Rejoicing in hope, patient in tribulation, continuing steadfastly in prayer.
Romans 12:12

In my last post I shared the importance of staying connected to God while homeschooling. He is our source of life, fruit, peace, hope, and strength. Apart from Him, we can do nothing. If you missed part one of this series, click here. Today, I will be focusing on staying connected to the church, or the body of believers. As homeschoolers, we spend a good majority of our days isolated in our homes. While we get quality time with our family, we can’t neglect staying connected to the extended body of believers. It’s not just a good idea, it’s an exhortation!

Staying Connected to the Church Body, an Exhortation

The author of Hebrews exhorts, “let us consider how to stir up one another to love and good works, not neglecting to meet together, as is the habit of some, but encouraging one another, and all the more as you see the Day drawing near.” (Hebrews 10:24-25)

Staying connected to fellow believers in your local church can be vital to your relationship with the Lord and to the teaching of your children. None of us is at our best when we are separated from the body. Being connected can help override your feelings of being isolated and lonely as you commit to educating your kids at home. It can bring encouragement and refreshment that we all need, including prayer support. And, you have a role to play in the body too, encouraging other believers as they endeavor to follow Jesus in their lives.

It Takes Time and Effort

While none of us has “extra” time in our days, make an effort to carve out time as a family to be involved in your local church. You won’t be disappointed! And I don’t mean just showing up on Sundays to a worship service. While that is important, don’t stop there. I have personally seen the difference in our lives when we are truly connected to the body of Christ in our local church rather than when we are just church attenders.

As I have shared a little before, when we first decided to home school our kids, we were well connected to our church body – we were a part of a life group that had been meeting for many years, actively involved in ministry, and I was in a mid-week Bible study. Our church truly felt like our extended family. We shared life’s joys and hardships, meals, kids’ clothing, prayer requests, and just life. Then we moved 400 miles away to an area in which we knew no one in the local area. And it was just a few weeks before school started.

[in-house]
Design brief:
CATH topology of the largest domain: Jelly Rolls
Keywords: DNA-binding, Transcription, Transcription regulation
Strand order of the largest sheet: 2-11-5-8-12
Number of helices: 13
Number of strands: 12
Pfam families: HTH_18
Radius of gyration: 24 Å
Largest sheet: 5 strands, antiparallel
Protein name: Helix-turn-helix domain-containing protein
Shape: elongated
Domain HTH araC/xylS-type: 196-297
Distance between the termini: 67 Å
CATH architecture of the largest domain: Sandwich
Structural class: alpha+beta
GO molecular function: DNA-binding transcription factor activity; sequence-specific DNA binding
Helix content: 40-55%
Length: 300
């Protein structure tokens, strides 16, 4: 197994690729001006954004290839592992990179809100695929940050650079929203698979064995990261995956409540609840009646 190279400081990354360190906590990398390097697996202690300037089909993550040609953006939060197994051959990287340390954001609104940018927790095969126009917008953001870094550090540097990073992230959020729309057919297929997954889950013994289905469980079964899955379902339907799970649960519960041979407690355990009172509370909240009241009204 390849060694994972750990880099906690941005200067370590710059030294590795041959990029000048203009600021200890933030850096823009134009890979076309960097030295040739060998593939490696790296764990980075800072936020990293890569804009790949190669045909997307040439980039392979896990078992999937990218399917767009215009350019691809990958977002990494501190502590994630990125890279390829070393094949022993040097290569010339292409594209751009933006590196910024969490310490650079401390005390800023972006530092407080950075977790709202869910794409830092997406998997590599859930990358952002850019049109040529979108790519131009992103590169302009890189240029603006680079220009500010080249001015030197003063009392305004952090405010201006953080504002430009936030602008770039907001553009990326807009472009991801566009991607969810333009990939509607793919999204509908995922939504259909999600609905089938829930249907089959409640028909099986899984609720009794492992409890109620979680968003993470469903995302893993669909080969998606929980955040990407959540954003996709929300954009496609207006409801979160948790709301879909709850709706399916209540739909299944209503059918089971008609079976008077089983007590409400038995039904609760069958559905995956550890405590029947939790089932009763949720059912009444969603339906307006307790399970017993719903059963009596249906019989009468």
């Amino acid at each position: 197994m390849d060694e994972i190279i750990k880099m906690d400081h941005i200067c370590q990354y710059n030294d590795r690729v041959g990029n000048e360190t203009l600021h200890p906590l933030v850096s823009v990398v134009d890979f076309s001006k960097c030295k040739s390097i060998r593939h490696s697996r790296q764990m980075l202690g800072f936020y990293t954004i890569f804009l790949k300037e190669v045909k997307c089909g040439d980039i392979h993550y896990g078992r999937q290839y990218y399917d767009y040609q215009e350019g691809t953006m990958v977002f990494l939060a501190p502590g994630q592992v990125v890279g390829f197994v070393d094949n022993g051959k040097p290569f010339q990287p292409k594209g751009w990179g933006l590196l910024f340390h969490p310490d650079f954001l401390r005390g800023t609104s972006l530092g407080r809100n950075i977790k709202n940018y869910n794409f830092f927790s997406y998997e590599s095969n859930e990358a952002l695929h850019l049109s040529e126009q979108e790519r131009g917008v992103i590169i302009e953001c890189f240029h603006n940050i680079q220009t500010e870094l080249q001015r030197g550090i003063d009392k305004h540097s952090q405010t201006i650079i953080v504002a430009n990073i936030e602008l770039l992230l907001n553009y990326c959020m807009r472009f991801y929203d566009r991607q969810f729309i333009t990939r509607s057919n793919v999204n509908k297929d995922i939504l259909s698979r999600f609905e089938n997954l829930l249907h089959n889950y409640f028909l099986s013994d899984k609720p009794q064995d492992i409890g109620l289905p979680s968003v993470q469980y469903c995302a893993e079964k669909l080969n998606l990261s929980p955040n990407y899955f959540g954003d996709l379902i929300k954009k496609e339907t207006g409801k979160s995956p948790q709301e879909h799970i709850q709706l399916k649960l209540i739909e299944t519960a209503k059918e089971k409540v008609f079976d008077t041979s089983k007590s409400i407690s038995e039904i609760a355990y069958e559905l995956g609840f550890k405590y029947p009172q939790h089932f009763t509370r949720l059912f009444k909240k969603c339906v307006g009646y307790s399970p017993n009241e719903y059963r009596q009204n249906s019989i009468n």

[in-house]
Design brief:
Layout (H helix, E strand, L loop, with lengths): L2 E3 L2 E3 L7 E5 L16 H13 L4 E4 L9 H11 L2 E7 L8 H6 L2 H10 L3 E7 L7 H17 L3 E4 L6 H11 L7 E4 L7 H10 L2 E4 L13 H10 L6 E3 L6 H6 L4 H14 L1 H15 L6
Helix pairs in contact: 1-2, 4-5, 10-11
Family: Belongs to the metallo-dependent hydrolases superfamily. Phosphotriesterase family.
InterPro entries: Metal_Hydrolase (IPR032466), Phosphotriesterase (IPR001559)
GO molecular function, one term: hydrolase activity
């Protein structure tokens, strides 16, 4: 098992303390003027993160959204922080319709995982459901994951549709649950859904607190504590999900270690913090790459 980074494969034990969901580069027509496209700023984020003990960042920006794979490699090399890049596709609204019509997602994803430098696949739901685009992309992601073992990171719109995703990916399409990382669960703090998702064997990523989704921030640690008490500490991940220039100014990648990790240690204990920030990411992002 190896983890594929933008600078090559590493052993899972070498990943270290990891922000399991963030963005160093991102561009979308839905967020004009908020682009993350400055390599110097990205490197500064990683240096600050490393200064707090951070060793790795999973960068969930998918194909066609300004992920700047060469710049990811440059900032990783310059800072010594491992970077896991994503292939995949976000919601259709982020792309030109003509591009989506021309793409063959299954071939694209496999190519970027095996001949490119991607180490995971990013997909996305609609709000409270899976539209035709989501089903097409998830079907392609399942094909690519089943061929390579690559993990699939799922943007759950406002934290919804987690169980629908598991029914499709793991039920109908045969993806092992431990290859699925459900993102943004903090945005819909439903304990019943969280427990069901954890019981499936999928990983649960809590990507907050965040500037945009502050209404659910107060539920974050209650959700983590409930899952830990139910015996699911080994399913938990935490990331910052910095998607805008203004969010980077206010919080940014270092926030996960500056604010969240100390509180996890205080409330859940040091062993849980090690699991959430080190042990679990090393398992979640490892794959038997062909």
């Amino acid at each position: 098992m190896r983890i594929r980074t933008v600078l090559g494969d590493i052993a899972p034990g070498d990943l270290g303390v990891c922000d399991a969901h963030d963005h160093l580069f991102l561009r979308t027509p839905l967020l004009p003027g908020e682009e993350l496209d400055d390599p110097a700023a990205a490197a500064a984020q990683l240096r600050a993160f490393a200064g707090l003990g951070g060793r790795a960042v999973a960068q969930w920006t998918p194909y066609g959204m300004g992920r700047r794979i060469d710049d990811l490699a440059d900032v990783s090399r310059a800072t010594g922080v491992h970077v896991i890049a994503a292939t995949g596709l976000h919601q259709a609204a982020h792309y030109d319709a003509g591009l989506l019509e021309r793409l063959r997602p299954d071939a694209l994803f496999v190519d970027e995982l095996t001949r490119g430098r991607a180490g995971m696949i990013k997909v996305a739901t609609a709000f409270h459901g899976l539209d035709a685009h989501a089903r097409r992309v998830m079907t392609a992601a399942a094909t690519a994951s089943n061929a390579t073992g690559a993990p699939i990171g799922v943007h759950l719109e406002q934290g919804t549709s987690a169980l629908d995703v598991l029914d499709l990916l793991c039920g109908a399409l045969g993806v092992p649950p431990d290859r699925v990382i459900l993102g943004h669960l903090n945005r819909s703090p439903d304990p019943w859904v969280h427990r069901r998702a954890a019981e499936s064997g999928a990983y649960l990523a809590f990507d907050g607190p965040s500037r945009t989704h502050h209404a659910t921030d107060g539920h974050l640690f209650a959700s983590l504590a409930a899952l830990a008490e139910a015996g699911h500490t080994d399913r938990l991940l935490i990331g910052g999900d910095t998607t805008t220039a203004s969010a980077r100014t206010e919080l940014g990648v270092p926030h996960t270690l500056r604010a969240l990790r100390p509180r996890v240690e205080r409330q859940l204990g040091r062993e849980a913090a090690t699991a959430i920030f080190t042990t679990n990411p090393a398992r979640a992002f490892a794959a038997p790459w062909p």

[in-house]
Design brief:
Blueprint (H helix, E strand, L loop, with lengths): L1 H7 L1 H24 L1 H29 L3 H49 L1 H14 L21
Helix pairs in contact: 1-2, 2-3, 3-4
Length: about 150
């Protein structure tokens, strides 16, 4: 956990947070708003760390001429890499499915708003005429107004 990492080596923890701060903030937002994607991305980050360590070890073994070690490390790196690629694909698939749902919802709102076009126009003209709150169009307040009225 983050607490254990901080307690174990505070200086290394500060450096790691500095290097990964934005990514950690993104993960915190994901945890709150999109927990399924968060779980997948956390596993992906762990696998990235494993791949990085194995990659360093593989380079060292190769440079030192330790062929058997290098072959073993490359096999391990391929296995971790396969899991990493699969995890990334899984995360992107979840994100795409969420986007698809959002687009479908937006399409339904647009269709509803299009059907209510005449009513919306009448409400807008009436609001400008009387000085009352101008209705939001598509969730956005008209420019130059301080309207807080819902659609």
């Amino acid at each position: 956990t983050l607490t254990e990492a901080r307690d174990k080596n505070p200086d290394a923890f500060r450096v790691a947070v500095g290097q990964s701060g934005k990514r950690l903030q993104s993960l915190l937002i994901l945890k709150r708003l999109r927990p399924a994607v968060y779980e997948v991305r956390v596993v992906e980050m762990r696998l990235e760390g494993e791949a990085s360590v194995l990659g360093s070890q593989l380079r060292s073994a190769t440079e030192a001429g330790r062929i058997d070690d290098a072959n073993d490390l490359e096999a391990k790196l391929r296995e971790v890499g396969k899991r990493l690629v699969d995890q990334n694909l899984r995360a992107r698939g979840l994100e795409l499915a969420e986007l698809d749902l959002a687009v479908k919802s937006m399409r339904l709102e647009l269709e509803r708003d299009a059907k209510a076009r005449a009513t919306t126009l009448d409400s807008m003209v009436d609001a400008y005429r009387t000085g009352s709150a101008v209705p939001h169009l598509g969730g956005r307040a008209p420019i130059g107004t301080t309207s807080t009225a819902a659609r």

We easily found a church we enjoyed. But, we quickly realized that getting truly connected takes time, stepping out of your comfort zone, and a good deal of effort. Getting connected was not easy. During our first several months in our new area, we were left feeling alone. It made us realize the importance of being truly connected to a church body. And then 9 months later, we moved 100 miles further away, again!

Three Ways to Get and Stay Connected

Because of our various moves, I was forced to take a look at how to get connected to a local body and the importance of staying connected. That which I may have taken for granted before, became a life-source that I realized I needed to pursue.

Small Group Community

While joining a small group at your church may seem like just one more thing to add to your already full calendar (believe me, I have felt this way before!), it can really be so valuable. Look at the early church in Acts 2. Believers met together, broke bread, prayed, and devoted themselves to the apostles’ teaching and fellowship. They truly shared life with each other. Having your family connected with other families at your church:

  • takes away feelings of isolation
  • provides a sense of community within your local church
  • enables your kids to feel more connected
  • models for your kids that you value getting into the Word with other believers
  • offers a safe community that can support and love you through life’s ups and downs, and
  • gives a space to pray for and encourage other believers, fulfilling your role as a member of the body of Christ

Look for a small group that has child care or allows kids to be included. It can be hard with little ones, I know! Be flexible and find one that works for you, even if it means your kids have to stay up past their regular bedtime. It’s worth the crankiness the next day! You never know, you may form friendships that last a lifetime.


Over my 20 plus years of following Jesus, probably the number one way that I have gone deeper with other believers is serving alongside them. There is just something special about doing ministry with other believers that can make you feel connected with them. Again, this isn’t something to just check off the list or to make your already full schedule, that much fuller. But, if you can find some way in which your family can serve at your church, you will feel that much more connected. Some examples include:

  • monthly homeless feedings
  • a summer mission trip
  • a local outreach
  • serving during weekend services

In the last year and a half that we have been in our new area, my family has served in various ways at our church. It makes us not only more connected as a family but also feel like we are part of something bigger than we are. As a homeschool family, being connected through serving has helped us overcome feelings of loneliness as well as grow spiritually.

Mid-Week Bible Study

This may not be possible for many homeschool families, especially those with older kids. However, take advantage of mid-week Bible studies if you can while your kids are young. Some churches offer mid-week children’s ministry through kindergarten, and others may have a homeschool room in which your kids can go to read or do school work. Our church even had a science co-op that met during the women’s Bible study so that homeschool moms could rotate teaching and attending Bible study. Meeting with other women in your church to study God’s Word together can bring life to your week. If you can afford the time, make it happen!